CASE REPORT | VOLUME 4, ISSUE 2 | OPEN ACCESS DOI: 10.23937/2469-584X/1510057

Pseudomelanosis of the Stomach and Duodenum

Kevin Pelland and Xuchen Zhang*

Department of Pathology, Yale University School of Medicine, New Haven, CT, USA

*Corresponding author: Xuchen Zhang, MD, PhD, Department of Pathology, Yale University School of Medicine, 310 Cedar Street, PO Box 208023, New Haven, CT 06520, USA, Tel: 203-785-6010, Fax: 203-737-2922.

Accepted: April 17, 2018 | Published: April 19, 2018

Citation: Pelland K, Zhang X (2018) Pseudomelanosis of the Stomach and Duodenum. J Clin Gastroenterol Treat 4:057.

Copyright: © 2018 Pelland K, et al. This is an open-access article distributed under the terms of the Creative Commons Attribution License, which permits unrestricted use, distribution, and reproduction in any medium, provided the original author and source are credited.


Pseudomelanosis of the upper gastrointestinal tract is rare and classically associated with oral iron intake, upper gastrointestinal bleeding, diabetes mellitus, end stage renal disease and antihypertensive medication use. Duodenal involvement is well described, but only few cases of combined stomach and duodenal involvement have been reported to date. The lesion is indolent but can mimic more concerning entities like malignant melanoma. We report an 84-year-old man who presented with lower gastrointestinal bleeding and was found to have areas of blackened gastric and duodenal mucosa on endoscopy, which was confirmed as gastric and duodenal pseudomelanosis on microscopy.


Stomach, Duodenum, Histopathology, Endoscopy


Pseudomelanosis in the upper gastrointestinal (GI) tract is infrequently seen. While it is associated with oral iron intake, upper GI bleeding, diabetes mellitus, renal disease and hypertension, its precise etiology remains elusive. Pseudomelanosis is more frequently identified in the duodenum (pseudomelanosis duodeni) and terminal ileum (pseudomelanosis ilei), with stomach involvement being extremely rare. The lesion is benign but can appear similar to malignant melanoma on histology. We describe one patient with pseudomelanosis of the stomach and duodenum, followed by a brief discussion of this benign entity.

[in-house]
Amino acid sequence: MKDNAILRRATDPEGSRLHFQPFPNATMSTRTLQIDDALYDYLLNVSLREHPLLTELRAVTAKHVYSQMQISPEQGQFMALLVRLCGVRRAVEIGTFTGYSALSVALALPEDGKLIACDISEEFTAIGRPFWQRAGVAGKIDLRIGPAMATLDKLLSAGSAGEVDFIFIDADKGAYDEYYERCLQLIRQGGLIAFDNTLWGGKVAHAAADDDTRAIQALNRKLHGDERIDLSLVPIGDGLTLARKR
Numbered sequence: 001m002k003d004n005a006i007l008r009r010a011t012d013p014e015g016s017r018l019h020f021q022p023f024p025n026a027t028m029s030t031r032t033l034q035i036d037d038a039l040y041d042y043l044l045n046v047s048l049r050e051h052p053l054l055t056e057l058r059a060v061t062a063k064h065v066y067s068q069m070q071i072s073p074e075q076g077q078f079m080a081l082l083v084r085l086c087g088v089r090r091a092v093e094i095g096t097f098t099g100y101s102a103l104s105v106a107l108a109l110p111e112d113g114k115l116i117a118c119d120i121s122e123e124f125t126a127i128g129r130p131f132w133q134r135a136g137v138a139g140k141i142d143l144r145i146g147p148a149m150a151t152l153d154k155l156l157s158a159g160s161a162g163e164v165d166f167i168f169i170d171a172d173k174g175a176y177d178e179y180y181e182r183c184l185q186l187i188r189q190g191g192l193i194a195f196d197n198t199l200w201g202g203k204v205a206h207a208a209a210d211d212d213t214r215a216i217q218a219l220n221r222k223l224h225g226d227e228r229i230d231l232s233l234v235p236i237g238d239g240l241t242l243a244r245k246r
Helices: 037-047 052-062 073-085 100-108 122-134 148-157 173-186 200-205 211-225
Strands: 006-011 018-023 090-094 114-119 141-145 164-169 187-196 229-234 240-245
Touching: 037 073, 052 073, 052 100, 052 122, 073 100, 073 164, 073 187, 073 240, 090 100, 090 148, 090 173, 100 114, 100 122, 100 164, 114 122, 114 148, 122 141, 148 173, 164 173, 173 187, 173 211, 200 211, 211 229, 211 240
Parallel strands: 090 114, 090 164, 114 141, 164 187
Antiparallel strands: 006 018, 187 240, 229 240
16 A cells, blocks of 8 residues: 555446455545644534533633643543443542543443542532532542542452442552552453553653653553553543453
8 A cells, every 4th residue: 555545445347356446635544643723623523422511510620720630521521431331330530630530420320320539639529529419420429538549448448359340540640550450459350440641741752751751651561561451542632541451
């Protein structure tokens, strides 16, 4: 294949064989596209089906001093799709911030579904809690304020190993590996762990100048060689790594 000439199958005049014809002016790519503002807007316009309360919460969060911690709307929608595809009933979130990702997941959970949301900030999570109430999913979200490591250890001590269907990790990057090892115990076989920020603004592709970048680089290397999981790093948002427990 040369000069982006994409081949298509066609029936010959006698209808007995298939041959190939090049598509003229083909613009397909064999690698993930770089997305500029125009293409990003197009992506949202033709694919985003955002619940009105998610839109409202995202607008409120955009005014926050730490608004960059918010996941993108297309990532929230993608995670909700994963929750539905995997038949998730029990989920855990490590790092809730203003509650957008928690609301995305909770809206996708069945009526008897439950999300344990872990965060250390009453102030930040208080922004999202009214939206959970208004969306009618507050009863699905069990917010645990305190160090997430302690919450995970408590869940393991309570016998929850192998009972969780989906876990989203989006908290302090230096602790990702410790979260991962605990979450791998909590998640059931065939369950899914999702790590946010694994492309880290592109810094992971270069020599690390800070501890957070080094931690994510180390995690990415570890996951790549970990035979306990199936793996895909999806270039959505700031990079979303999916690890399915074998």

Case Report

An 84-year-old man presented for follow up colonoscopy and esophagogastroduodenoscopy (EGD) after being treated for lower GI bleeding of unclear etiology and iron deficiency anemia. He also began hemodialysis at that time for management of end stage renal disease (ESRD). In addition to ESRD, his past medical history was significant for gastroesophageal reflux disease, constipation, type 2 diabetes, hypertension, hyperlipidemia, and prostate cancer status post-radiotherapy. His medications included metoprolol, carteolol, amlodipine, hydralazine, aspirin, simvastatin, cholecalciferol, senna, allopurinol, latanoprost and sevelamer. Aside from a one-time 100 mg IV push of iron sucrose during dialysis, he had not been receiving supplemental iron. He had a colonoscopy 5 years prior which was only significant for benign polyps.

EGD showed a hiatal hernia in the gastroesophageal junction, blackened patches and fine black spots in the antral mucosa, as well as fine black spots in the duodenal mucosa (Figure 1). Colonoscopy showed 7 benign sessile polyps (Tubular adenomas), multiple diverticula and internal hemorrhoids, but no evidence of melanosis (Melanosis coli) in the large intestine. Histopathological examination revealed coarse brown pigment in the lamina propria of the stomach and duodenum distributed extracellularly and within macrophages (Figure 2). Iron stain was positive in these regions, and stronger in the stomach than the duodenum (Figure 2). A clear etiology of the patient's lower GI bleeding was not discovered, although straining from constipation and internal hemorrhoids were suspected.